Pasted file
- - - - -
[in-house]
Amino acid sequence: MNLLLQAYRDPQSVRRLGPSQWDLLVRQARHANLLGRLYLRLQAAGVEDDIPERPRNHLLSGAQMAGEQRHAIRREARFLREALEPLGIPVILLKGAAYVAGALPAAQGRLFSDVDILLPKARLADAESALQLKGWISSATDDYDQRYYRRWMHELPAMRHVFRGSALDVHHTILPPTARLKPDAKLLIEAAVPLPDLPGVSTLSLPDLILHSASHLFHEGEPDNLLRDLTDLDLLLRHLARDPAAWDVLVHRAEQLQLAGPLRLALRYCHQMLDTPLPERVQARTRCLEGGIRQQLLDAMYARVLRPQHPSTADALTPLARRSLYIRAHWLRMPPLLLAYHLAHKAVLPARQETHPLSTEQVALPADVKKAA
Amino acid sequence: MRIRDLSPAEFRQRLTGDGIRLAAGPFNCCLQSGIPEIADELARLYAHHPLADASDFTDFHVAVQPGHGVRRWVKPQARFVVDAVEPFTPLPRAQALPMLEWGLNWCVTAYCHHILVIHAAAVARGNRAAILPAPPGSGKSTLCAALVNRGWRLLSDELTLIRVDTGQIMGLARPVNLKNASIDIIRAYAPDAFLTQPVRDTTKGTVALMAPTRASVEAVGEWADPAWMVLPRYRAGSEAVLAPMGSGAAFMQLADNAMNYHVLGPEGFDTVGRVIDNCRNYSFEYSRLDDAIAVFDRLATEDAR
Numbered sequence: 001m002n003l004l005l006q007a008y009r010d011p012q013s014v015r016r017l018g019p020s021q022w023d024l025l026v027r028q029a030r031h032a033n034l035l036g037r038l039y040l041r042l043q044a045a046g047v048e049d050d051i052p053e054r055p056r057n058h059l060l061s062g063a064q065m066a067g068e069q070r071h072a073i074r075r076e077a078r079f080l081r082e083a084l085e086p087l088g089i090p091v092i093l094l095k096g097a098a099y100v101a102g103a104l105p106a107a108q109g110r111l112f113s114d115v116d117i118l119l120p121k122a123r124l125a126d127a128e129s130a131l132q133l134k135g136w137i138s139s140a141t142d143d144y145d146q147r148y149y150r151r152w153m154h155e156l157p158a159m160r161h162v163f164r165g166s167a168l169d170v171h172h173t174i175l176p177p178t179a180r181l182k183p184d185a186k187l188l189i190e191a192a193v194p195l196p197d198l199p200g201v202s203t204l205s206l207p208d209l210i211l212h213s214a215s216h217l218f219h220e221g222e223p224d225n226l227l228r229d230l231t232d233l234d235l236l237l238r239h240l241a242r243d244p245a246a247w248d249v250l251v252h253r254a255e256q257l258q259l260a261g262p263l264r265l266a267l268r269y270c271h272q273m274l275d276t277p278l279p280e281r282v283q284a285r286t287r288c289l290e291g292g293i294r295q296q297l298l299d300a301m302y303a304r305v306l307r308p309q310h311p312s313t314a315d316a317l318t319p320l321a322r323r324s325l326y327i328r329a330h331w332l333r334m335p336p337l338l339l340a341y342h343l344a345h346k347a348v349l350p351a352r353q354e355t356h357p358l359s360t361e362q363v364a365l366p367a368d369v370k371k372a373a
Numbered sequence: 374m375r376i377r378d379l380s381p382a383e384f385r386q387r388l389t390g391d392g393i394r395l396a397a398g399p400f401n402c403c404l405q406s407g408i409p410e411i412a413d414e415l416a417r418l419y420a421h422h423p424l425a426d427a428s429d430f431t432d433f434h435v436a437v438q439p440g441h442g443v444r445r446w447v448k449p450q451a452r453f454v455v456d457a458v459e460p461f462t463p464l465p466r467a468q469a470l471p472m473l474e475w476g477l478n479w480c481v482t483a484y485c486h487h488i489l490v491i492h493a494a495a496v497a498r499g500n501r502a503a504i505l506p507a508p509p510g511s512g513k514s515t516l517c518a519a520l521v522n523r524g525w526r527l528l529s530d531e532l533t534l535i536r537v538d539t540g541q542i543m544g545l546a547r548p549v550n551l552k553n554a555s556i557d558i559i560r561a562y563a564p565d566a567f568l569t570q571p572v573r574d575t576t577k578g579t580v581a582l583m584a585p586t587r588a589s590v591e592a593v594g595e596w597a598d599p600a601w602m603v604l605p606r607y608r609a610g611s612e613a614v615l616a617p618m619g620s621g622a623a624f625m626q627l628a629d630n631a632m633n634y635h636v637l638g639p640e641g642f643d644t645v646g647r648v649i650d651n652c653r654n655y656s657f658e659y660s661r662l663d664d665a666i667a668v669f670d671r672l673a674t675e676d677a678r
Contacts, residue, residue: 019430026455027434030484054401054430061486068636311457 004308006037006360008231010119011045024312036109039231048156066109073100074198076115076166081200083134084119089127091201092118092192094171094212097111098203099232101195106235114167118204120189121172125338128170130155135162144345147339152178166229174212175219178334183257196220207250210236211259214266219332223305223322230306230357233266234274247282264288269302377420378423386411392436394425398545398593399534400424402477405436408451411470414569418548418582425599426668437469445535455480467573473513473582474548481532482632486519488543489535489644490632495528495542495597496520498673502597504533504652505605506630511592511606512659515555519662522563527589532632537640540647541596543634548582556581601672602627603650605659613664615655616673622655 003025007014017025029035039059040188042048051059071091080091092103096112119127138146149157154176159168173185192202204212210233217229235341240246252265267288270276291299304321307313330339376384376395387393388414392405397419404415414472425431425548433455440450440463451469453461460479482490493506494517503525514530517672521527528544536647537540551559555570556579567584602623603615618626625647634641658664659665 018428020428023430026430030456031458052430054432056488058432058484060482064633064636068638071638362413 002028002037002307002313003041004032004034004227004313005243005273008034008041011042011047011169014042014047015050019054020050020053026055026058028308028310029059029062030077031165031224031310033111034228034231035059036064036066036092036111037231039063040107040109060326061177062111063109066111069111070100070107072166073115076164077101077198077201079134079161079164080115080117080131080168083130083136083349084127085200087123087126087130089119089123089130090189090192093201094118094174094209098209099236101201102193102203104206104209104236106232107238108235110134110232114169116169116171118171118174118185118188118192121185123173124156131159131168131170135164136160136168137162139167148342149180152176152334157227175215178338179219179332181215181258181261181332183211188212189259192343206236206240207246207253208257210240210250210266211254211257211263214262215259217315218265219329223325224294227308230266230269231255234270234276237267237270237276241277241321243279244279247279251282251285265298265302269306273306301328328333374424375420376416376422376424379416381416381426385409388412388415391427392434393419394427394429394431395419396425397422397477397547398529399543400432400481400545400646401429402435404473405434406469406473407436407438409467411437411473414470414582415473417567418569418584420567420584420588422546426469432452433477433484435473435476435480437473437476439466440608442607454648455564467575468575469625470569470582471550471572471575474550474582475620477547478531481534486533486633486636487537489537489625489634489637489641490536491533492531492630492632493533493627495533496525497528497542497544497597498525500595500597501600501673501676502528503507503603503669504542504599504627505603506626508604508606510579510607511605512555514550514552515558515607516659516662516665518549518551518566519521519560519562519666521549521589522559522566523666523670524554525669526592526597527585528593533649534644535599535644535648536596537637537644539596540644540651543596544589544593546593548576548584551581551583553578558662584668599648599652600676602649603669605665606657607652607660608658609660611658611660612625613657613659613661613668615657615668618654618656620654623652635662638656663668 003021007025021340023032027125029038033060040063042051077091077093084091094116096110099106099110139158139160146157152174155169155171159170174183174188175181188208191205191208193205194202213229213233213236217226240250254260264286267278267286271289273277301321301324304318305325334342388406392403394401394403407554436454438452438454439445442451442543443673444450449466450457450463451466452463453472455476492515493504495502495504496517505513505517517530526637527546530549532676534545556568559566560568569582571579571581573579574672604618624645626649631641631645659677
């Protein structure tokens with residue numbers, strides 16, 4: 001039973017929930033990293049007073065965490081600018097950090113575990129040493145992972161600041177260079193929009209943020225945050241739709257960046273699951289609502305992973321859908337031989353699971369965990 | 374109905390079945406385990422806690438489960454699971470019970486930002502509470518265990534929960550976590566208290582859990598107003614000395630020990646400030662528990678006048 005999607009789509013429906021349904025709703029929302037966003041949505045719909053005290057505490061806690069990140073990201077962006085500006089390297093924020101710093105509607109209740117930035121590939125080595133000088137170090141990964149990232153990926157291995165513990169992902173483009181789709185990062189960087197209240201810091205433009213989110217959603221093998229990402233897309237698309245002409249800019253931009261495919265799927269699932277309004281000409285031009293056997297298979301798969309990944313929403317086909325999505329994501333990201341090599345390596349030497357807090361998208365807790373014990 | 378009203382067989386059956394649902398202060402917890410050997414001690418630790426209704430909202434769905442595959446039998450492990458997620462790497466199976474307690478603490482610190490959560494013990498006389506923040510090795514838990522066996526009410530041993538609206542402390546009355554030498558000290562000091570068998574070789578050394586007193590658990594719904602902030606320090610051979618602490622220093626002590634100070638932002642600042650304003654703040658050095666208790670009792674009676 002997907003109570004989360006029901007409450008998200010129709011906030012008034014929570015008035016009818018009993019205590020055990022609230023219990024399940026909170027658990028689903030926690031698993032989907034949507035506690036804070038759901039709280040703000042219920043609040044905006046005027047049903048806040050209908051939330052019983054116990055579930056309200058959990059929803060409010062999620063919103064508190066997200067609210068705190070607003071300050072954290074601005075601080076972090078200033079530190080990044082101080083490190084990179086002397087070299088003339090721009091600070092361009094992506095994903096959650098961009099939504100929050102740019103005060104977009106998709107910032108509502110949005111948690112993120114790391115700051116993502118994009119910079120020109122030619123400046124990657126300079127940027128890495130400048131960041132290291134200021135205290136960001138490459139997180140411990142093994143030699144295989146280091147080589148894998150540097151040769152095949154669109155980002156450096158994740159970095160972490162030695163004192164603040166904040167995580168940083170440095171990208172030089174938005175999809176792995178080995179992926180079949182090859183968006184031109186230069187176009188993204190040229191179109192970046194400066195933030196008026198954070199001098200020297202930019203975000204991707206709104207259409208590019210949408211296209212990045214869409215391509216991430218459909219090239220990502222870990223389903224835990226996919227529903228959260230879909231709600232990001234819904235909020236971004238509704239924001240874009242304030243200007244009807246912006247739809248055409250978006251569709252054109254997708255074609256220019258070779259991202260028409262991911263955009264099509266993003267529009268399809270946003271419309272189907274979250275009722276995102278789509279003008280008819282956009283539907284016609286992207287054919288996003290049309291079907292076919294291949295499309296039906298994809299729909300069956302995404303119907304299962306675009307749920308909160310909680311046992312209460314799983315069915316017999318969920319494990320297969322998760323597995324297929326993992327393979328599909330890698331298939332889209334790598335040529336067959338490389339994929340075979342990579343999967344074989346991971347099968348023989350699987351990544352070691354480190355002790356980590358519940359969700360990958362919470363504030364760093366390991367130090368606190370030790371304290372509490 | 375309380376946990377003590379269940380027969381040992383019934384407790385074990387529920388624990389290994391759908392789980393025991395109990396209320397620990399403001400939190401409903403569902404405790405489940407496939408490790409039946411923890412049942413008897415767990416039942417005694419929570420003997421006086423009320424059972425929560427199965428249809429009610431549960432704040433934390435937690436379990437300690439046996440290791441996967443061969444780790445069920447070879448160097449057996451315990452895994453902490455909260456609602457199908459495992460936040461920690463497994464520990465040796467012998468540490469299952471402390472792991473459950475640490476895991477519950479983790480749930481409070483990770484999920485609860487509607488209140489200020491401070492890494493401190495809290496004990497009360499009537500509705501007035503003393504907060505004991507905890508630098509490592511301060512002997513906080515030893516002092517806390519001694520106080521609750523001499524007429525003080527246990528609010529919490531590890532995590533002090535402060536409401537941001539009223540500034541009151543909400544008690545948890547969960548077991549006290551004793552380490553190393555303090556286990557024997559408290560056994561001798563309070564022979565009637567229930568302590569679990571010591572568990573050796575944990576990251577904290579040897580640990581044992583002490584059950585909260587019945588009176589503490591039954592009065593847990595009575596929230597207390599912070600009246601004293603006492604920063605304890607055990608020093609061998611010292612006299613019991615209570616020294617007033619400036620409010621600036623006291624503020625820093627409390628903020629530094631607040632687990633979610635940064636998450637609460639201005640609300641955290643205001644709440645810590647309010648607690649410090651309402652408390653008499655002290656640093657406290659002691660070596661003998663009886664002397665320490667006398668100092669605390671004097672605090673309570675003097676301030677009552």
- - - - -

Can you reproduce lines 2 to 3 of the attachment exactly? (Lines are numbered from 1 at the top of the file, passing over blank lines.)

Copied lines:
Amino acid sequence: MNLLLQAYRDPQSVRRLGPSQWDLLVRQARHANLLGRLYLRLQAAGVEDDIPERPRNHLLSGAQMAGEQRHAIRREARFLREALEPLGIPVILLKGAAYVAGALPAAQGRLFSDVDILLPKARLADAESALQLKGWISSATDDYDQRYYRRWMHELPAMRHVFRGSALDVHHTILPPTARLKPDAKLLIEAAVPLPDLPGVSTLSLPDLILHSASHLFHEGEPDNLLRDLTDLDLLLRHLARDPAAWDVLVHRAEQLQLAGPLRLALRYCHQMLDTPLPERVQARTRCLEGGIRQQLLDAMYARVLRPQHPSTADALTPLARRSLYIRAHWLRMPPLLLAYHLAHKAVLPARQETHPLSTEQVALPADVKKAA
Amino acid sequence: MRIRDLSPAEFRQRLTGDGIRLAAGPFNCCLQSGIPEIADELARLYAHHPLADASDFTDFHVAVQPGHGVRRWVKPQARFVVDAVEPFTPLPRAQALPMLEWGLNWCVTAYCHHILVIHAAAVARGNRAAILPAPPGSGKSTLCAALVNRGWRLLSDELTLIRVDTGQIMGLARPVNLKNASIDIIRAYAPDAFLTQPVRDTTKGTVALMAPTRASVEAVGEWADPAWMVLPRYRAGSEAVLAPMGSGAAFMQLADNAMNYHVLGPEGFDTVGRVIDNCRNYSFEYSRLDDAIAVFDRLATEDAR